Sotomayor's record is there to examine
Of course there are members of the Republican Party that will oppose her because they would oppose anyone President Barack Obama nominated. Yes, there are right-wing commentators who will call her a "racist," based on an away-from-the-courtroom remark she made that rubbed them the wrong way.
Like most of us, Sotomayor has surely made remarks that she would rephrase, if she got the chance. The difference in what is said offhand and what is written after reflection is something anybody trying to understand truth and proportion can grasp.
If any serious person wants to know how Sotomayor's life experience, including her heritage and her training as a lawyer, will come to bear on her decisions, they need only look at the record -- she has 17 years on experience on the federal bench.
That record as a judge is most of what Sotomayor's confirmation hearing should be about. Don't be surprised if it seems at times to be about everything but that record.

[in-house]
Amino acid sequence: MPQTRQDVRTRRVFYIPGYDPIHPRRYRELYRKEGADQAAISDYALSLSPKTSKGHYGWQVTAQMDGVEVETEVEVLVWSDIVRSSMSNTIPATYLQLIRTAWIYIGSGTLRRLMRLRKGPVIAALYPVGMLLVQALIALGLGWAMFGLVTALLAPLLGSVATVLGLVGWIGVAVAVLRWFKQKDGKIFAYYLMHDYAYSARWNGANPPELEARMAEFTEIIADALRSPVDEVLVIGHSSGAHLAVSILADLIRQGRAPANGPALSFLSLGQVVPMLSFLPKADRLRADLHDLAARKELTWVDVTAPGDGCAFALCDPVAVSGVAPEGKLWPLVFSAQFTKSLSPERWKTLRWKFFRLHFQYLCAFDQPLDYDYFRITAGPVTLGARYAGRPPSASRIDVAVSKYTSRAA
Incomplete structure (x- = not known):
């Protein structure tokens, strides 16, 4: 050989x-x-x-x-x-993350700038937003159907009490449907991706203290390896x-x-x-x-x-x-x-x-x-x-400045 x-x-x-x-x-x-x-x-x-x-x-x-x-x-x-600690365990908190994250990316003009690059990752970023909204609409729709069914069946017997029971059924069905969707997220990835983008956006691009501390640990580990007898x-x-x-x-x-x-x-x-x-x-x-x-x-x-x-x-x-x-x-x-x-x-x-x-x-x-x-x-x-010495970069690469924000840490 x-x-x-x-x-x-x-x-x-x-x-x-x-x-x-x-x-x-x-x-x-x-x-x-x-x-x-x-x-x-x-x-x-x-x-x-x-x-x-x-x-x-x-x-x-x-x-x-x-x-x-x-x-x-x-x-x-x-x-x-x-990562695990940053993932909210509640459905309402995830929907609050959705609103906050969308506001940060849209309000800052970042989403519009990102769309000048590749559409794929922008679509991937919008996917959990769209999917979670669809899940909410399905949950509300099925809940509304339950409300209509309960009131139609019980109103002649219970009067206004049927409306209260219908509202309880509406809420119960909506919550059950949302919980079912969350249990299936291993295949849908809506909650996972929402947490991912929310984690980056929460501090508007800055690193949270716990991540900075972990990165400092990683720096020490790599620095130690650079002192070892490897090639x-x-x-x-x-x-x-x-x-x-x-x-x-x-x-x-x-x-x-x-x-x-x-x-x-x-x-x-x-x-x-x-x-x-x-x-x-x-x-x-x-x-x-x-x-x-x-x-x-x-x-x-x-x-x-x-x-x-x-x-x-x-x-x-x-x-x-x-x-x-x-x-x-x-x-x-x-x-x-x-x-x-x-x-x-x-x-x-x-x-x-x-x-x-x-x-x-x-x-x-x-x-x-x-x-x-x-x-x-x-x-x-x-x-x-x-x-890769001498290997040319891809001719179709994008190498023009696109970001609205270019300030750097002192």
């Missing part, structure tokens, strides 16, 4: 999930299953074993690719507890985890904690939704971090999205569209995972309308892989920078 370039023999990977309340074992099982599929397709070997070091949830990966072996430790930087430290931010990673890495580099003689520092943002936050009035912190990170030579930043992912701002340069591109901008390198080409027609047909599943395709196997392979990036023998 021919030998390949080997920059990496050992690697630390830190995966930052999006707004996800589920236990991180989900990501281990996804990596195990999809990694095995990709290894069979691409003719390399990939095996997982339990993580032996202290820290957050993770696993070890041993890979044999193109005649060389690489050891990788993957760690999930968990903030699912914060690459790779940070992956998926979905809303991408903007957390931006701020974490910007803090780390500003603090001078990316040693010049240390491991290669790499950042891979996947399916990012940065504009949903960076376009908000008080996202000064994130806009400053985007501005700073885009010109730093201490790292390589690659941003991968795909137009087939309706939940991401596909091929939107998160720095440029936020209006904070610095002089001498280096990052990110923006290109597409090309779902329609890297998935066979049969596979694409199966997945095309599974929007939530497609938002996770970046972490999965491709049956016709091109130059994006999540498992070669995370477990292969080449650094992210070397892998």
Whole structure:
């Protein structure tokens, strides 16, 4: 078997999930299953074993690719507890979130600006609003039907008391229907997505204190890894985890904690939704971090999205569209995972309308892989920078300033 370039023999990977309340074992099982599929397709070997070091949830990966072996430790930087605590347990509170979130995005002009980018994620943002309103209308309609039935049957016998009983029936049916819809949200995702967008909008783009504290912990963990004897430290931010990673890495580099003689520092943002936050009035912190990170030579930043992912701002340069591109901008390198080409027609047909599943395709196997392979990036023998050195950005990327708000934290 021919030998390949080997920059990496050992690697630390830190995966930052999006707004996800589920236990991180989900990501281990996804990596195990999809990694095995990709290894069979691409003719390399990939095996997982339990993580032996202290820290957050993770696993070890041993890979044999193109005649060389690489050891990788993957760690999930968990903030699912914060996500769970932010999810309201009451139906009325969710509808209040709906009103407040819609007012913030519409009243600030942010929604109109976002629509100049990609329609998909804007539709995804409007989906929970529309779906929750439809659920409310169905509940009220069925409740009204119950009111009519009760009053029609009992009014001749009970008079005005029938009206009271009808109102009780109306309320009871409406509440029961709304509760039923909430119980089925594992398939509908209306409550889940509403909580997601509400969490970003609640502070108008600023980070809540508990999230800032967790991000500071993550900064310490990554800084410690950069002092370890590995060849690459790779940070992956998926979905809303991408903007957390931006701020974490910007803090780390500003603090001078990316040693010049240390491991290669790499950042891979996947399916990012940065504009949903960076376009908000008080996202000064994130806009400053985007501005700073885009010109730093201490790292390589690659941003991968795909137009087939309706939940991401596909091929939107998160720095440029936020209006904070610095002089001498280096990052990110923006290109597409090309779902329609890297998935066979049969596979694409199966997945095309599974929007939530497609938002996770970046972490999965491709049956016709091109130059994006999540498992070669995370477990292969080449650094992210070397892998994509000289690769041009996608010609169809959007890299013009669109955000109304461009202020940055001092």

Still, from a political games standpoint, it's amazing that Republicans attacking Sotomayor using her background against her have taken the bait. By using attacks based entirely upon her Hispanic roots they are making it more and more difficult for the young people of any background to relate to their strategy.
The Republican's most visible geezer spokespersons -- Rush Limbaugh and Newt Gingrich -- seem unaware of the trend that has young Americans less racist, homophobic and generally less intolerant than their predecessors. Any strategy that ignores that trend is doomed.